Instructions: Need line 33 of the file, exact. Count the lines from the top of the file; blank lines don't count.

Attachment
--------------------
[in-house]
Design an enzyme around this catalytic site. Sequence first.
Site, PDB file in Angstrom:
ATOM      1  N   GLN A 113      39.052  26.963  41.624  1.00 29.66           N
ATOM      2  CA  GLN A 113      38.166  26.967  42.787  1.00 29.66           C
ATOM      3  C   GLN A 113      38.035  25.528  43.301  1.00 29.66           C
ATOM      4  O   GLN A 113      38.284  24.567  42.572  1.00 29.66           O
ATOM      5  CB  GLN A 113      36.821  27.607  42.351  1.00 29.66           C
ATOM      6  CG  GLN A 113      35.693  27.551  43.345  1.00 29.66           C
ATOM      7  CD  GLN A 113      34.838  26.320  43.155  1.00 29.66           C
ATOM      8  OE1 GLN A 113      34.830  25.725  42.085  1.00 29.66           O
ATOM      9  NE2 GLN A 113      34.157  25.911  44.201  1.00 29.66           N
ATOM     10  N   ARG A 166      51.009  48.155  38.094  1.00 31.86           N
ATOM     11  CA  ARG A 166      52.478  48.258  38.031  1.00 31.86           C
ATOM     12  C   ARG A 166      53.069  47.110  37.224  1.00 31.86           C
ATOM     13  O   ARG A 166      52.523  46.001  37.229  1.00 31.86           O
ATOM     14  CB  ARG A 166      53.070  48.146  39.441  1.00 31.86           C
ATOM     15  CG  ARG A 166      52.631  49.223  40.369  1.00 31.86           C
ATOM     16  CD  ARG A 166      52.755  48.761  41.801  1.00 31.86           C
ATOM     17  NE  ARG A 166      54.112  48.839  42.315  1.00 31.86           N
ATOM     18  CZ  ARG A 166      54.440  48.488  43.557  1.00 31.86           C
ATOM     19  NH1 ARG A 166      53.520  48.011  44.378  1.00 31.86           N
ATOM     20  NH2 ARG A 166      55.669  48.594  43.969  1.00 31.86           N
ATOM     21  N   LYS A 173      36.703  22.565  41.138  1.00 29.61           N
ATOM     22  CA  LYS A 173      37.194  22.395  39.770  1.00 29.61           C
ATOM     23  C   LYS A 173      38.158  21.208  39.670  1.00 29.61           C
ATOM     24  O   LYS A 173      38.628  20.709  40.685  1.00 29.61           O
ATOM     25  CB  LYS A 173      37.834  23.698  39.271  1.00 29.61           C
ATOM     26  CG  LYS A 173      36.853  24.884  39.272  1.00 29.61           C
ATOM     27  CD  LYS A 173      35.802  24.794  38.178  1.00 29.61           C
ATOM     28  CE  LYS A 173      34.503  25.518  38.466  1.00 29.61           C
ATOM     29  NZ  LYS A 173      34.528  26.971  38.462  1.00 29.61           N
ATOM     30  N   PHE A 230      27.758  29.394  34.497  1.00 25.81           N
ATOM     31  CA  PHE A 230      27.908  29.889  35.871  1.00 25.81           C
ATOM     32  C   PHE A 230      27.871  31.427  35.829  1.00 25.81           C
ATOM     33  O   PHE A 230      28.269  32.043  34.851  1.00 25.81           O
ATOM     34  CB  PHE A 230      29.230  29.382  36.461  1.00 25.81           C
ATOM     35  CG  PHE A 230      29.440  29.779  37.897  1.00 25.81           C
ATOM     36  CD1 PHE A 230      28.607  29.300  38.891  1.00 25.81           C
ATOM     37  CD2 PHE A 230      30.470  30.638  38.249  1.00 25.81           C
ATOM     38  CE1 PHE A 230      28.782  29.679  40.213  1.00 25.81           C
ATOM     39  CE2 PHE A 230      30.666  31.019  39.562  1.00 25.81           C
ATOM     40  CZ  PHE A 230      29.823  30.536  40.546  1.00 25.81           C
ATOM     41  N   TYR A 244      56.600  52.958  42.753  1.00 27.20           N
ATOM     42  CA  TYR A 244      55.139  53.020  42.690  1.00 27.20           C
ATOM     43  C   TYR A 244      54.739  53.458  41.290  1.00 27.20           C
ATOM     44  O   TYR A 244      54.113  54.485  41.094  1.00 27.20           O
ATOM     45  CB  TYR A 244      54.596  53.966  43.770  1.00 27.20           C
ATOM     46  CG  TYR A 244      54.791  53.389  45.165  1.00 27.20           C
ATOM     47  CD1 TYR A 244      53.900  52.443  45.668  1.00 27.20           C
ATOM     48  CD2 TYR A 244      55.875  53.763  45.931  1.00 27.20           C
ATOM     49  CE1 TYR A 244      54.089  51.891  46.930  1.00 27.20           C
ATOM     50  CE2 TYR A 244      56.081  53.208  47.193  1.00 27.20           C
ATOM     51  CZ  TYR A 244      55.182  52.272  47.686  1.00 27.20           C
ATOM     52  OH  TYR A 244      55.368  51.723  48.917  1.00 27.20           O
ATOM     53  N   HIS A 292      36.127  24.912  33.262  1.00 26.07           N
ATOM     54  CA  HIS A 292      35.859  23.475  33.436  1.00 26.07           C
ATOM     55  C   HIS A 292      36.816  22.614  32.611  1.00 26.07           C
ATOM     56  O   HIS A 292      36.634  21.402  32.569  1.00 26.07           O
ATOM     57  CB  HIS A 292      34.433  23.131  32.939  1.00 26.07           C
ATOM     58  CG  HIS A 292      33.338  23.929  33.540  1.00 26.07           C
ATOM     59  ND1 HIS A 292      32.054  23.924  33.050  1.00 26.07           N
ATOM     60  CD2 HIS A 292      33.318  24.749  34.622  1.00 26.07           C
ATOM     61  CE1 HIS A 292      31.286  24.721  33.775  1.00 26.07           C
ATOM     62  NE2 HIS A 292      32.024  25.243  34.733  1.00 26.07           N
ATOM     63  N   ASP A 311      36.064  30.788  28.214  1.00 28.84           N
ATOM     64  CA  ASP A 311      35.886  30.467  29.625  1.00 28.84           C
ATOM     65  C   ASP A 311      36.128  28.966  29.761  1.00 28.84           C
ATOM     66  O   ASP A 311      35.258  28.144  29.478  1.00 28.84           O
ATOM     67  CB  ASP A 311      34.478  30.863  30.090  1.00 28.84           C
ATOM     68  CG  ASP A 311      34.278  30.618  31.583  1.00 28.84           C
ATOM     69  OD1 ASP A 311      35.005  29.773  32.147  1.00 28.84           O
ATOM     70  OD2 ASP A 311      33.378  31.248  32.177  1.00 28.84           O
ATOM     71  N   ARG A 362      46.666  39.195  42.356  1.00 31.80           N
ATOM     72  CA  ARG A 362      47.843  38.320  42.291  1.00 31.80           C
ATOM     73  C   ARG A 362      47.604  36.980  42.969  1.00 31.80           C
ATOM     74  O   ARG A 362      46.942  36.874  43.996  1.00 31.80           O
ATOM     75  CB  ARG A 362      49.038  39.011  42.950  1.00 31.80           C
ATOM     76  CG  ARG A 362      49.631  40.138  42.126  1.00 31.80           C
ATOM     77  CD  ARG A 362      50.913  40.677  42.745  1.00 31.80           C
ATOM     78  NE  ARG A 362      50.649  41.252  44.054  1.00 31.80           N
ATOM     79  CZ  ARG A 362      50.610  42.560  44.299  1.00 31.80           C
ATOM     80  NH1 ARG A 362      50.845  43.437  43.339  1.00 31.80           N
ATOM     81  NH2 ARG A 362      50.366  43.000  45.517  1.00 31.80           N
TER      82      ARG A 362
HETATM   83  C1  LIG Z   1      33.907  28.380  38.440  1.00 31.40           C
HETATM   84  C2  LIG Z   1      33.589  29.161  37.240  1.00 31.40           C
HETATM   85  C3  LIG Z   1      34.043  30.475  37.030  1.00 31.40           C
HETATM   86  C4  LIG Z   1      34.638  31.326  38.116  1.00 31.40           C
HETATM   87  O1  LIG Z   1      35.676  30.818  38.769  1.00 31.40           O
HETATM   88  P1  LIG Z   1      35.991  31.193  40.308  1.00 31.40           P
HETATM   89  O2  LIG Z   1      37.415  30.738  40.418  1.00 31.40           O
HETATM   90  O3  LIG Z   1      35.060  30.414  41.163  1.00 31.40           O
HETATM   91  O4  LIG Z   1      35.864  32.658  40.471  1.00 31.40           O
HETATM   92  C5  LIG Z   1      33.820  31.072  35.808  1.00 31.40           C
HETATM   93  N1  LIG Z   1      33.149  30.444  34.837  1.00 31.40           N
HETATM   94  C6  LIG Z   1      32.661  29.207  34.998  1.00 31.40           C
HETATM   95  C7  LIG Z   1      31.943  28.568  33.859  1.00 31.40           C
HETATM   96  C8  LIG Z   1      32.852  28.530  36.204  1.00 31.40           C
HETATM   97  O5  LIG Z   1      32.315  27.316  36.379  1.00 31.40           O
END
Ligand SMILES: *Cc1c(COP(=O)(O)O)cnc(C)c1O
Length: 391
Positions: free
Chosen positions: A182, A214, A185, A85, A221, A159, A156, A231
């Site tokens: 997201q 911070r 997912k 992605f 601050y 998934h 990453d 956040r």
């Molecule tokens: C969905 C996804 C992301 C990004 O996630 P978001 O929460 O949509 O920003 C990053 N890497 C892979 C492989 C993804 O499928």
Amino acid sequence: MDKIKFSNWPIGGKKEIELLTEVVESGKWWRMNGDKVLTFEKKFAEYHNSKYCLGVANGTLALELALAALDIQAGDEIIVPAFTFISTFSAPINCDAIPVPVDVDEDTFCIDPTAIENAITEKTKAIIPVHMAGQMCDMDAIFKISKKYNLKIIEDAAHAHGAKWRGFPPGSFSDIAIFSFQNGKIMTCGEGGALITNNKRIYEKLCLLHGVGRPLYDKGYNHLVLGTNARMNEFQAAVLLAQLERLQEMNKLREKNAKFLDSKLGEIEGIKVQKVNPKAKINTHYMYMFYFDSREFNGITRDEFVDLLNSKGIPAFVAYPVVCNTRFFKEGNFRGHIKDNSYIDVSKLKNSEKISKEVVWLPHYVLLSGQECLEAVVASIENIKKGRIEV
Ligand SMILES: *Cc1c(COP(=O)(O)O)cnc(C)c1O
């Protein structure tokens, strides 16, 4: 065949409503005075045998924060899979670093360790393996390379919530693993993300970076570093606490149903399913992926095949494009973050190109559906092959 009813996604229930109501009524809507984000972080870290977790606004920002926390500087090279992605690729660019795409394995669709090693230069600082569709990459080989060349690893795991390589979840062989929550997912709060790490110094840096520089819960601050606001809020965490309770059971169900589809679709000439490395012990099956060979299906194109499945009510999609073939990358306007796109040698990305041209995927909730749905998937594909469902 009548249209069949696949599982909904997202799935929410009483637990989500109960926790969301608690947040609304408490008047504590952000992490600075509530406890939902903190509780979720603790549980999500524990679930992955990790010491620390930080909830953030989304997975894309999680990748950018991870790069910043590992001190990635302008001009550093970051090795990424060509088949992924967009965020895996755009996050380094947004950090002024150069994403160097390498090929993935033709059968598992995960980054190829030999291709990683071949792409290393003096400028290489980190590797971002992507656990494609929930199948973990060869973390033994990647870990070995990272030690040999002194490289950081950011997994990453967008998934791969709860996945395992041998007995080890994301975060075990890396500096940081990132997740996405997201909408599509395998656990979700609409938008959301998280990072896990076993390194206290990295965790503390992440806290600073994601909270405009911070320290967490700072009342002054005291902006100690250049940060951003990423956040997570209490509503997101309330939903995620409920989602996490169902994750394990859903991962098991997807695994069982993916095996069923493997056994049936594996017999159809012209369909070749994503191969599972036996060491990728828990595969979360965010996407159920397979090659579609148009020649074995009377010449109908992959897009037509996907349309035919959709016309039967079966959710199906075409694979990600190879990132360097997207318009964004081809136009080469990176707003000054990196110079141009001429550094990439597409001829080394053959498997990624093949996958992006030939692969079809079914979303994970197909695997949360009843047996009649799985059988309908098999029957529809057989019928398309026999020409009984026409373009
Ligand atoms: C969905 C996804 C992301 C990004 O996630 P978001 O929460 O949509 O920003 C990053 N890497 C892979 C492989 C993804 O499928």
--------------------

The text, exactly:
ATOM     30  N   PHE A 230      27.758  29.394  34.497  1.00 25.81           N